Harbors and ports
Costanzo, Thomas S. Port Department, The Port Authority of New York and New Jersey, New York, New York.
- Port construction
- Port efficiency
- Cargo facilities
- Container terminal facilities
- Other types of terminal facilities
- Additional Readings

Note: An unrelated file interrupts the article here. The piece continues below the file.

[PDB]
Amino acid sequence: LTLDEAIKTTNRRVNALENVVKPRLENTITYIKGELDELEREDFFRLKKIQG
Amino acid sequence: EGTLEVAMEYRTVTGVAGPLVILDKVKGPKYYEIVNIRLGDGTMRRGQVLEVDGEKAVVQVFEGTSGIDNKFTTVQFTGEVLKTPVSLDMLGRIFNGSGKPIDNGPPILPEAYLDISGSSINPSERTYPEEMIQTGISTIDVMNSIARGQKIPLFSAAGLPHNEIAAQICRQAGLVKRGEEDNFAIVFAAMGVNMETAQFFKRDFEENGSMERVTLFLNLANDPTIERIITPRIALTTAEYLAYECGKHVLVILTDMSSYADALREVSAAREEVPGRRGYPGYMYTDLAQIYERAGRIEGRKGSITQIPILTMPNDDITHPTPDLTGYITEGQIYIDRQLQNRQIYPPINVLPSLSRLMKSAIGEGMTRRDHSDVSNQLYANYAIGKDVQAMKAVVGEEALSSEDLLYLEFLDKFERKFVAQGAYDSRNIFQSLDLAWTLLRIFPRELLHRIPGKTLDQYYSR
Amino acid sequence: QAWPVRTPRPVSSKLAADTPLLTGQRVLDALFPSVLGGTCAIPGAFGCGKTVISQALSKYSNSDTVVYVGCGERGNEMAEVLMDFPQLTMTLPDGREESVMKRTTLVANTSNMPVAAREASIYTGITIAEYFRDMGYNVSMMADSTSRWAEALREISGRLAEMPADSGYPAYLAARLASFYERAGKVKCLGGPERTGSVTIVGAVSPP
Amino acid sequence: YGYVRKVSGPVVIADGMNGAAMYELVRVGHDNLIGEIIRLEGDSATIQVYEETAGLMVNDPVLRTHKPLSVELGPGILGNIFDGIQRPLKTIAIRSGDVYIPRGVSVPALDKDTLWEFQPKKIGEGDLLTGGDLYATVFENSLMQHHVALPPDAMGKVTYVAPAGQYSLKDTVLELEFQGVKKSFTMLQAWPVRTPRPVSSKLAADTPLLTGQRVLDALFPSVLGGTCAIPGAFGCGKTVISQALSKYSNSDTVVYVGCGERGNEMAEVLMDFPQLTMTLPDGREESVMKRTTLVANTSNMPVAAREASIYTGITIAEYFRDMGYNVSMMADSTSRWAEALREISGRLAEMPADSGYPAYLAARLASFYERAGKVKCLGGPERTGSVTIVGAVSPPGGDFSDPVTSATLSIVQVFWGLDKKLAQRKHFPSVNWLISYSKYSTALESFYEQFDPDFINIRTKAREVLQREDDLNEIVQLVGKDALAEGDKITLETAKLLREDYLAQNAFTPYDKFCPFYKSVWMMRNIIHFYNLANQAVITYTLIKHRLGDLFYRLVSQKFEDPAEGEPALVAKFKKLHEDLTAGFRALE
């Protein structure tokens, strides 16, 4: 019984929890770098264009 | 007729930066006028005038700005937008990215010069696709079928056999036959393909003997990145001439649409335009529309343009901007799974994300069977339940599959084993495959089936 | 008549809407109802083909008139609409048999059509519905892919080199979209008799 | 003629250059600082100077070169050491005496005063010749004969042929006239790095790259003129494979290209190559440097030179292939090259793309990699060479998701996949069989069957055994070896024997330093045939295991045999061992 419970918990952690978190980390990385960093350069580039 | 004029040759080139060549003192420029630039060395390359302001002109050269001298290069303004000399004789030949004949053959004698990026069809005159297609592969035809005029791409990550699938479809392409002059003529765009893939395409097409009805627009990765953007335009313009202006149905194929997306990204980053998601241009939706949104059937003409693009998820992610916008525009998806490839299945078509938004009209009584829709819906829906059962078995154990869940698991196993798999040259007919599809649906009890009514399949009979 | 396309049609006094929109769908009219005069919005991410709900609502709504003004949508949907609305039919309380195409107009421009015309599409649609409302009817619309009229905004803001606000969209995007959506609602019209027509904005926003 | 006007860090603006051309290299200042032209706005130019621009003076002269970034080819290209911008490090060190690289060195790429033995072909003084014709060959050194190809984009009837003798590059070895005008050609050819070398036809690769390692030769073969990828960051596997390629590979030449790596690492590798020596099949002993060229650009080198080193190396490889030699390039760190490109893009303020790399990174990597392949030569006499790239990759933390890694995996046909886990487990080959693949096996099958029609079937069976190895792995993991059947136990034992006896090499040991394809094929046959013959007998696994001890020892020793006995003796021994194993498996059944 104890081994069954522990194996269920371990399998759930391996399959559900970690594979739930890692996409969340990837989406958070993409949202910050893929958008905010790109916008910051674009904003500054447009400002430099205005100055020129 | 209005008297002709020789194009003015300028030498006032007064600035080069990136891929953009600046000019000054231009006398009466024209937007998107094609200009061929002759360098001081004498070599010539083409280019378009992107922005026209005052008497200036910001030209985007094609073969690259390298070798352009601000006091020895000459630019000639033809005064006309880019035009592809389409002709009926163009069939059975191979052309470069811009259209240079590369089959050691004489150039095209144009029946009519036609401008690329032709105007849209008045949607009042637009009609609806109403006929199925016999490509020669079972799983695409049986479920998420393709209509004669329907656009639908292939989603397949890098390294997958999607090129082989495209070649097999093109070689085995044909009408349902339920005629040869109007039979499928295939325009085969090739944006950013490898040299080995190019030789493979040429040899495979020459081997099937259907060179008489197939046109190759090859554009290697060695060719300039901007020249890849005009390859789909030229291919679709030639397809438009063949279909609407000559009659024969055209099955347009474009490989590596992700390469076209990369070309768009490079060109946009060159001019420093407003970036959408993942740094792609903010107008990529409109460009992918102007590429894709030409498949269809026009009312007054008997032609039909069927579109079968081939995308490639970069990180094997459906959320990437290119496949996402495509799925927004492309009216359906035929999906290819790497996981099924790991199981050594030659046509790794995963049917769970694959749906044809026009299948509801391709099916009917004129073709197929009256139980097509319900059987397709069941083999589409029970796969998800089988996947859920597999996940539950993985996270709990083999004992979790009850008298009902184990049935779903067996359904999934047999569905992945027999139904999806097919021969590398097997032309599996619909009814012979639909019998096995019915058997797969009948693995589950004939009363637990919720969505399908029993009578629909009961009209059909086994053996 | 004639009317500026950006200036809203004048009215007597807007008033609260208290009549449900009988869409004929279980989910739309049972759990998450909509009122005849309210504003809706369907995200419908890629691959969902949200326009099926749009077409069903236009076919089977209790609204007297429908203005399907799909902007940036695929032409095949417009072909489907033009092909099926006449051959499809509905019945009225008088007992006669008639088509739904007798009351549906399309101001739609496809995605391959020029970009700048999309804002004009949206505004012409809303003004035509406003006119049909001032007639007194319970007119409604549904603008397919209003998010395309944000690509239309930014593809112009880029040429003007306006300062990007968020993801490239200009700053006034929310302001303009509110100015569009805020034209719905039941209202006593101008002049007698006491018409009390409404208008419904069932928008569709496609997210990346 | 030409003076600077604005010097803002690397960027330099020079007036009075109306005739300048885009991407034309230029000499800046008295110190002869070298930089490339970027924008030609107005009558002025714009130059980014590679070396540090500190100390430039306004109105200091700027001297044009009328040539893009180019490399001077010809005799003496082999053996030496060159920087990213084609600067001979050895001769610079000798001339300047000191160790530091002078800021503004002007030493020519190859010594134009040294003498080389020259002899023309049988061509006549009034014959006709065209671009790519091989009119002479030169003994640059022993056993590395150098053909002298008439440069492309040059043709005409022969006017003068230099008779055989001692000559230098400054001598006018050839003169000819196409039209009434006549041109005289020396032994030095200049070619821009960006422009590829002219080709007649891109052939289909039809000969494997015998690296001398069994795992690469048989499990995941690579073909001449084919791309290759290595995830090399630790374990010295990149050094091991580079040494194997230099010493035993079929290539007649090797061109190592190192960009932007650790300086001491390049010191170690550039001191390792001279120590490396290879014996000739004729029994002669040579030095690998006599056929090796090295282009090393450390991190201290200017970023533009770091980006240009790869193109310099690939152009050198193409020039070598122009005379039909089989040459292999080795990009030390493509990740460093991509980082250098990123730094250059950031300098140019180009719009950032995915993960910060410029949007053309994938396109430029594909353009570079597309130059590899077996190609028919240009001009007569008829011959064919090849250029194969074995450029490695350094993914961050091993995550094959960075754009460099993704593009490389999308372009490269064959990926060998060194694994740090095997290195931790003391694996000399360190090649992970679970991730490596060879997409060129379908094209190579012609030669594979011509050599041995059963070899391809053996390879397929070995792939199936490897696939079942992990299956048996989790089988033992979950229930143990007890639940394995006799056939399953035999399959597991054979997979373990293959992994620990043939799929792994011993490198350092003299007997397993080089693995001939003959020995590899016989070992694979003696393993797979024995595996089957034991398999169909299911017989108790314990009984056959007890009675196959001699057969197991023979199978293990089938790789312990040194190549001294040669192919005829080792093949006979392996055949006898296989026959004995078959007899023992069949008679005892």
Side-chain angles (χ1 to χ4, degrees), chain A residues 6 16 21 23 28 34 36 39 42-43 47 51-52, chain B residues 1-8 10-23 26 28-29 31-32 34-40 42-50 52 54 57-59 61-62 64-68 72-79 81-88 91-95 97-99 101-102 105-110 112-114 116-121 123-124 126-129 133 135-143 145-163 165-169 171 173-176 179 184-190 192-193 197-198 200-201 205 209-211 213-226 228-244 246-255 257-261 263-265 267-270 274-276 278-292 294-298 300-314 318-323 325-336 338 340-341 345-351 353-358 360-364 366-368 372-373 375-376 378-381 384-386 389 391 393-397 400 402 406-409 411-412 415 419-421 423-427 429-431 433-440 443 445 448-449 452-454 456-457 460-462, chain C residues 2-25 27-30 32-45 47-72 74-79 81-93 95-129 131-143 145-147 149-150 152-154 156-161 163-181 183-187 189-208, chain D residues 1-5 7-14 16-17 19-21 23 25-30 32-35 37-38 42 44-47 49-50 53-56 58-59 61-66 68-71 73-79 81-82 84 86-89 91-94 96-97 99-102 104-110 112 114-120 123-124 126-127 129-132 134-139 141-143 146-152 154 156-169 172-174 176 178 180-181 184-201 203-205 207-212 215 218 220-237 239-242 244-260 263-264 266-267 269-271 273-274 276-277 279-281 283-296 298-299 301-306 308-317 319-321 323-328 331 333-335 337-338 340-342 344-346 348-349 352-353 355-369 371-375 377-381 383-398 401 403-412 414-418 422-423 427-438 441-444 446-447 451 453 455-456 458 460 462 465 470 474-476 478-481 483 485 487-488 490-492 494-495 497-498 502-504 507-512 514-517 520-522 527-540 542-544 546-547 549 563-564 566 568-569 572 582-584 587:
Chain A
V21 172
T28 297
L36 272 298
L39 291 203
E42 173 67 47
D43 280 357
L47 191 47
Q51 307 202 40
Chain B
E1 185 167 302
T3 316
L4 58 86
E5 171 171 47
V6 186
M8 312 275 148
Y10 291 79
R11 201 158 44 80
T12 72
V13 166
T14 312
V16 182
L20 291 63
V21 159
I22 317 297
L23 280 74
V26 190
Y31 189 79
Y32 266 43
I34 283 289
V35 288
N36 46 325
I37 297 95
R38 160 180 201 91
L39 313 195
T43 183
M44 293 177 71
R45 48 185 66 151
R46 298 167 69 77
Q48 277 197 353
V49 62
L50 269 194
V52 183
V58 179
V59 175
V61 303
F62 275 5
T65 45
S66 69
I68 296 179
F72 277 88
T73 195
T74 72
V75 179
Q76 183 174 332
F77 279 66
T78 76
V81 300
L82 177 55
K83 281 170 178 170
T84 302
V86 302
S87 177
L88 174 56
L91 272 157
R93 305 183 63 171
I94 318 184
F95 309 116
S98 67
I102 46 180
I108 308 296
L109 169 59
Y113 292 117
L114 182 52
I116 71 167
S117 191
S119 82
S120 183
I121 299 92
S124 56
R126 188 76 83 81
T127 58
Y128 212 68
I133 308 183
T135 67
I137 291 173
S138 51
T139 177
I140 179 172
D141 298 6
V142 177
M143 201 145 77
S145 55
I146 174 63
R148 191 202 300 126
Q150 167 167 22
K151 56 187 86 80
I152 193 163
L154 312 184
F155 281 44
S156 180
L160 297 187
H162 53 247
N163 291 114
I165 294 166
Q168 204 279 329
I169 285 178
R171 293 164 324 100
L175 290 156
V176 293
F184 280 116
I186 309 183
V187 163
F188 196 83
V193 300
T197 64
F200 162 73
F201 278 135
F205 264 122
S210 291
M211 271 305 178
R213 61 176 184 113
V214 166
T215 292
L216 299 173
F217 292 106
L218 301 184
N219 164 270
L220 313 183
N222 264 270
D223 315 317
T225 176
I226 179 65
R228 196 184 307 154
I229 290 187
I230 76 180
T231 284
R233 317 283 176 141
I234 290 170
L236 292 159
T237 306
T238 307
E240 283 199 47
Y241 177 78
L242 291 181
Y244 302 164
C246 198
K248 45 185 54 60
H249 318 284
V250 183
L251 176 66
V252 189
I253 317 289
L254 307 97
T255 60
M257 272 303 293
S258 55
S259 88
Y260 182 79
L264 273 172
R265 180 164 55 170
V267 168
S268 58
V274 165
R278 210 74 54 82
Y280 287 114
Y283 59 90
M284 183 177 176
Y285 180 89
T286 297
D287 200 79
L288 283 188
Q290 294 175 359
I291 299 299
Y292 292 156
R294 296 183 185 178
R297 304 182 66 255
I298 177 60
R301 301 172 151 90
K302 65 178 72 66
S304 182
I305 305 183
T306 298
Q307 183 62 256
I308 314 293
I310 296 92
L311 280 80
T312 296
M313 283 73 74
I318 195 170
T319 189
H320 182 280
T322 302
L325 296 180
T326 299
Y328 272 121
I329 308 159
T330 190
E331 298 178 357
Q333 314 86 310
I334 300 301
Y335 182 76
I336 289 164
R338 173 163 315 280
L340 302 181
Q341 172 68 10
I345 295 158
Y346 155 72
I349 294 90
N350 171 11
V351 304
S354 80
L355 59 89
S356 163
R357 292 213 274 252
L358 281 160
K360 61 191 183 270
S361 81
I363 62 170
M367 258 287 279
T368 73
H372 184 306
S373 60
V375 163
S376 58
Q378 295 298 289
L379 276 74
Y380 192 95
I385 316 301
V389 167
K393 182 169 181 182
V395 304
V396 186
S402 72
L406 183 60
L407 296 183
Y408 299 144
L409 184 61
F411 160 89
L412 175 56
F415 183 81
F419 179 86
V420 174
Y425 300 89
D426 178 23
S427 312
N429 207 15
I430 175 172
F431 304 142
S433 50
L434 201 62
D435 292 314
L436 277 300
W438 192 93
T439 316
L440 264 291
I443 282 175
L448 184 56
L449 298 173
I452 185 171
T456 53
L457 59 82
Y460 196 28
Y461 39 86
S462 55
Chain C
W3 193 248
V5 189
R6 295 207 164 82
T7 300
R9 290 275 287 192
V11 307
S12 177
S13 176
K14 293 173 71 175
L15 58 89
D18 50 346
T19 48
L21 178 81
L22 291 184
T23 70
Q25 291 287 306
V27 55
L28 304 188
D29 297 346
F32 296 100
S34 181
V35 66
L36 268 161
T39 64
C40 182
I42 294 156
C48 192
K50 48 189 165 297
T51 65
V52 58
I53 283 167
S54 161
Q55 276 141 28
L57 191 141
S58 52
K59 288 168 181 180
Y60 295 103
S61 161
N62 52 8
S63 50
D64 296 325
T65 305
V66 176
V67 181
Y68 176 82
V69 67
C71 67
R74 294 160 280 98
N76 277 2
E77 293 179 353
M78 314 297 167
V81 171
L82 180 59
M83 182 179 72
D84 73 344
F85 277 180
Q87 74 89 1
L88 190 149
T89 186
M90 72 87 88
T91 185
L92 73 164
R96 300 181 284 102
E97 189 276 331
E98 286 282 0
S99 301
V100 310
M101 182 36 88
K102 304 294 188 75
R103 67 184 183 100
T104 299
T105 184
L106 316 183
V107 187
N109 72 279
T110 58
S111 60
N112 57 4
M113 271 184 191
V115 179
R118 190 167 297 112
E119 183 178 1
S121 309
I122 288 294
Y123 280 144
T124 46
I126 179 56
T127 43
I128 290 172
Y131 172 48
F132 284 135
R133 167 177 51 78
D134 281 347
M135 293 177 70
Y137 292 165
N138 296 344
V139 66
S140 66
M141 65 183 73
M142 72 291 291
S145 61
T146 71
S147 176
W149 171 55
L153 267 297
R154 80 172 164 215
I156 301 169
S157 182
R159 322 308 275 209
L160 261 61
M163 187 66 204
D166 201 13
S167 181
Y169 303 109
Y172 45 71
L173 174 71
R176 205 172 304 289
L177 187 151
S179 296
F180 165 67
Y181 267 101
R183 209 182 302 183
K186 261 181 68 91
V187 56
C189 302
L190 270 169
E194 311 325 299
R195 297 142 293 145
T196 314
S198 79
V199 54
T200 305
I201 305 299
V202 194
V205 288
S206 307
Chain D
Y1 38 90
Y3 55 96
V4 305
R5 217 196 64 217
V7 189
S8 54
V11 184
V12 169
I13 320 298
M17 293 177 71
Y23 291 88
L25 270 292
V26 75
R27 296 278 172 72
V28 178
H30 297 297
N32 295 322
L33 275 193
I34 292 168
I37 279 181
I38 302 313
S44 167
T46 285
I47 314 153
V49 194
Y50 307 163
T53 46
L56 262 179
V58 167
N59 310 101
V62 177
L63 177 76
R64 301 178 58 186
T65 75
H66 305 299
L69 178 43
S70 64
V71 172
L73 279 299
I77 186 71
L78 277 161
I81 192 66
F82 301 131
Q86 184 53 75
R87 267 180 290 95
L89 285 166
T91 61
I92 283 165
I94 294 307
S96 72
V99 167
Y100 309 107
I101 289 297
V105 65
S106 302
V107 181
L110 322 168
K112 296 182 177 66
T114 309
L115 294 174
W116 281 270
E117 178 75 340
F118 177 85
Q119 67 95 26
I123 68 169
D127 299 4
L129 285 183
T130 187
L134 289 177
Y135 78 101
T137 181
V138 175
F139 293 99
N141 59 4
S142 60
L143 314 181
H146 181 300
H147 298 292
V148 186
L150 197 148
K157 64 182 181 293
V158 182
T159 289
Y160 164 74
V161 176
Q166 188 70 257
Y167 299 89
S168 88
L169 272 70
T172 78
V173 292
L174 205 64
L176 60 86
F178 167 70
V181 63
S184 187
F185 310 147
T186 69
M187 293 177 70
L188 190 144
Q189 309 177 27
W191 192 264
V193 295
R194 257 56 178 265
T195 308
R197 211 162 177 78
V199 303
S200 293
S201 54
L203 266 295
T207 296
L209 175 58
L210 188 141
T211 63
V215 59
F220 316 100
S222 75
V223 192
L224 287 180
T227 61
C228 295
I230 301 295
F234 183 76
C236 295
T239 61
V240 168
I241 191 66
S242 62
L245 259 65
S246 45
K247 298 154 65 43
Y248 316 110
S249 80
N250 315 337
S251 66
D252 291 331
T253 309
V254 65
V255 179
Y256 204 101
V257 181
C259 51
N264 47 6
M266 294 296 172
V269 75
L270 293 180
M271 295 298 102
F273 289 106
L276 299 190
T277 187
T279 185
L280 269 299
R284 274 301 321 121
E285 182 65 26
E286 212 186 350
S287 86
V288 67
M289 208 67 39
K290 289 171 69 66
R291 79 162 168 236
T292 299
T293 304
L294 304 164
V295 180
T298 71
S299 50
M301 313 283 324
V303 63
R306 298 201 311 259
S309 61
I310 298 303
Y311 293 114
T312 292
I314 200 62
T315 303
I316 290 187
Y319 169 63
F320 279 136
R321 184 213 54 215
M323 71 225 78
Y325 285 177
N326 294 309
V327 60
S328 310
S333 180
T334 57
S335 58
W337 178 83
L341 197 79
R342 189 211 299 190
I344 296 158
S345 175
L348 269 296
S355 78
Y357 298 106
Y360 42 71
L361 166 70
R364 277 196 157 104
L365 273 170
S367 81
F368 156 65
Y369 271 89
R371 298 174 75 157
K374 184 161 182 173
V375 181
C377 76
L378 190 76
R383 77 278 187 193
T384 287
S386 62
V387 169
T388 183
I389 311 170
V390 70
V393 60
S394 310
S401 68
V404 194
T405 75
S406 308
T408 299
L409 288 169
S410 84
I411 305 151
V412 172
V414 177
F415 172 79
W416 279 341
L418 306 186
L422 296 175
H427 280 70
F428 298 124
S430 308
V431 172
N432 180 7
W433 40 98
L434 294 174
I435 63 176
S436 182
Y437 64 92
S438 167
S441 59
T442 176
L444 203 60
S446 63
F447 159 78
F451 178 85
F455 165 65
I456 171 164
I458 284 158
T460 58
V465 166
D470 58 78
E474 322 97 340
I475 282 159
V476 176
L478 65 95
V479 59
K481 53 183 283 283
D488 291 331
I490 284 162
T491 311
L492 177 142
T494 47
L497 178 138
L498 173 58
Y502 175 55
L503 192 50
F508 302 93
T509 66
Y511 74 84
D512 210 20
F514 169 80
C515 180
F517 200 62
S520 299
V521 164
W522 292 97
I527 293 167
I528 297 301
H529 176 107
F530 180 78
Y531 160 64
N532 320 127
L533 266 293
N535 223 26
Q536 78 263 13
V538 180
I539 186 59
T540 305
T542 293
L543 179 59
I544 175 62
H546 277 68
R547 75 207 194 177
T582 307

A harbor is a geographic location with a body of water of sufficient depth for vessels to enter to seek rest, obtain supplies, and find shelter from storms or other natural phenomena. Harbors typically are naturally occurring but may be constructed. The modern harbor is a place where vessels are built, launched, anchored, and repaired, and usually contains terminals for incoming and outgoing vessels to transport cargo and people. Harbors typically are used for commercial, naval, and fishery vessels, as well as refuge for small craft. Most harbors that accommodate large vessels are situated at the mouth of a river or at some point where it is easy to transfer cargoes inland by river barges, railroads, or trucks.
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